You can’t make this stuff up! As this year’s race for the presidency draws to a close, the American election of 2020 is a surreal mixture of the comic and the karmic, like an off-the-rails political potboiler novel co-written by Fletcher Knebel, Will Rogers and Stephen King.
President Donald Trump has triple troubles with his taxes, coronavirus and a boorish performance that turned what was supposed to be a debate into a debacle. His Democratic opponent, former Vice President Joe Biden, took a post-debate campaign swing while Trump entered a hospital for treatment of the COVID-19 that he had long downplayed from his presidential bully pulpit in the White House and at his campaign rallies. Americans expressed both sympathy and schadenfreude as Trump and many of those closest to him—including wife Melania, campaign manager Bill Stepien, White House press secretary Kayleigh McEnany, several aides and three Republican senators—found that the coronavirus could attack the powerful along with the powerless
Novelist Fletcher Knebel died in 1993, long before Trump assumed the presidency, but today’s political theater of the absurd would have provided rich material for the writer. Knebel is most famous for the book Seven Days in May, which he co-authored with Charles Bailey II. That 1962 novel tells the tale of an attempted takeover of the United States by rogue military officers. In 1965 Knebel published Night of Camp David, in which a fictional president goes mad after cracking under the strain of his job. Reading from a psychology textbook, one of the book’s characters delineates the president’s symptoms: “The individual feels that he is being singled out and taken advantage of, mistreated, plotted against, stolen from, spied upon, ignored or otherwise mistreated by his ‘enemies’ … Although the evidence which the paranoiac advances to justify his claims may be extremely tenuous and inconclusive, he is unwilling to accept any other possible explanation and is impervious to reason.”
Will Rogers was a Depression-era comic and satirist who skewered politicians of both major parties before his death in a plane crash in 1935. His humor brought laughter from President Franklin Roosevelt and from millions of Americans wearied by economic downturns and rising crime rates in the 1930s. “I am not a member of any organized political party. I am a Democrat,” he quipped. With his working-class wit and his pithy political insights, Rogers would still be relevant in Trump’s America with observations like, “I don’t know jokes. I just watch the government and report the facts.”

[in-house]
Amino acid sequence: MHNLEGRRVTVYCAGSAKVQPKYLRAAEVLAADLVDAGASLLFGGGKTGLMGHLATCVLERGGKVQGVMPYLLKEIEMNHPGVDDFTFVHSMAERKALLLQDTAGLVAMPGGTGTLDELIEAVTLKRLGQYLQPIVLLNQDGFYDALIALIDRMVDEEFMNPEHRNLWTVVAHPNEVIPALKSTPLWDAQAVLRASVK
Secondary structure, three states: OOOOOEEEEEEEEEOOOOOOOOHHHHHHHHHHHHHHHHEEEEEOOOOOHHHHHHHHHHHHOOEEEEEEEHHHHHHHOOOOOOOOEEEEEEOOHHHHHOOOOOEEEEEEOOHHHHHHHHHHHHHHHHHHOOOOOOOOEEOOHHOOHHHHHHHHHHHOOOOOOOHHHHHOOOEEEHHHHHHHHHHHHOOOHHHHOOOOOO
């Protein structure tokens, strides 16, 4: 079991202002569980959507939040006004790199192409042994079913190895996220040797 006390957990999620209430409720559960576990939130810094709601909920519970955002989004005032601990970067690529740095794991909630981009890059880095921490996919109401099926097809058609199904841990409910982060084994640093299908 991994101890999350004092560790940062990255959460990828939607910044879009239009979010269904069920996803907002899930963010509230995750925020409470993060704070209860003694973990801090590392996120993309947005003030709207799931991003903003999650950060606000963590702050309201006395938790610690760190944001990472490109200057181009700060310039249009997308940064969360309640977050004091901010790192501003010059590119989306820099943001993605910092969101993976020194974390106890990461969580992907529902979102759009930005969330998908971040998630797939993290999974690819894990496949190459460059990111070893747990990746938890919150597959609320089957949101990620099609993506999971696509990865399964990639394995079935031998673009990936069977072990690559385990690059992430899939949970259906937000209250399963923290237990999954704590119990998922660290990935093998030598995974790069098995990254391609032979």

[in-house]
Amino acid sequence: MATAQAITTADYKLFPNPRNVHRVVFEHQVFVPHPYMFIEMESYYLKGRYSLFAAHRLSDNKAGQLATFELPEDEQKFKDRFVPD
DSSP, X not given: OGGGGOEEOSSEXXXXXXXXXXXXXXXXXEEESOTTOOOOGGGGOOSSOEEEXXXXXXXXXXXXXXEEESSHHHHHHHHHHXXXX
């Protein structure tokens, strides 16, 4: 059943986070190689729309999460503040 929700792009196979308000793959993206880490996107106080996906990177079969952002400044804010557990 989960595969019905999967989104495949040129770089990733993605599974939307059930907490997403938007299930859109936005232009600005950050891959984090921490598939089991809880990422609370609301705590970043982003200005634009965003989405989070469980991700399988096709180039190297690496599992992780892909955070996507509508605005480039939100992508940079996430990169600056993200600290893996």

Horror writer Stephen King is still alive today at age 73. His 1978 novel The Stand wove a chilling and prescient story of a worldwide pandemic threatening civilization. Novels like The Shining made him the master of the macabre, but today King says, “Donald Trump is worse than any horror story I’ve written.” The author lambastes Trump in interviews and online, saying “Folks willing to give Trump a pass because their 401(k)s are swelling remind me of Italians willing to give Mussolini a pass because he made the trains run on time.”
Knebel, Rogers and King could write a mixed-up political novel about these mixed-up political times, but today’s Republicans who genuflect at the altar of Trumpery would do better to read the wise words of one of their own, Sen. Margaret Chase Smith of Maine. Before her death in 1995, Smith became an iconic Republican politician as the first woman to serve in both chambers of Congress. In the perilous years after World War II she used her political power to fight the rise of her fellow Republican the demagogic Sen. Joe McCarthy of Wisconsin. In a 1950 speech that she called her “Declaration of Conscience,” she said, “I don’t want to see the Republican Party ride to political victory on the Four Horsemen of Calumny—Fear, Ignorance, Bigotry and Smear… I want to see our nation recapture the strength and unity it once had when we fought the enemy instead of ourselves.”
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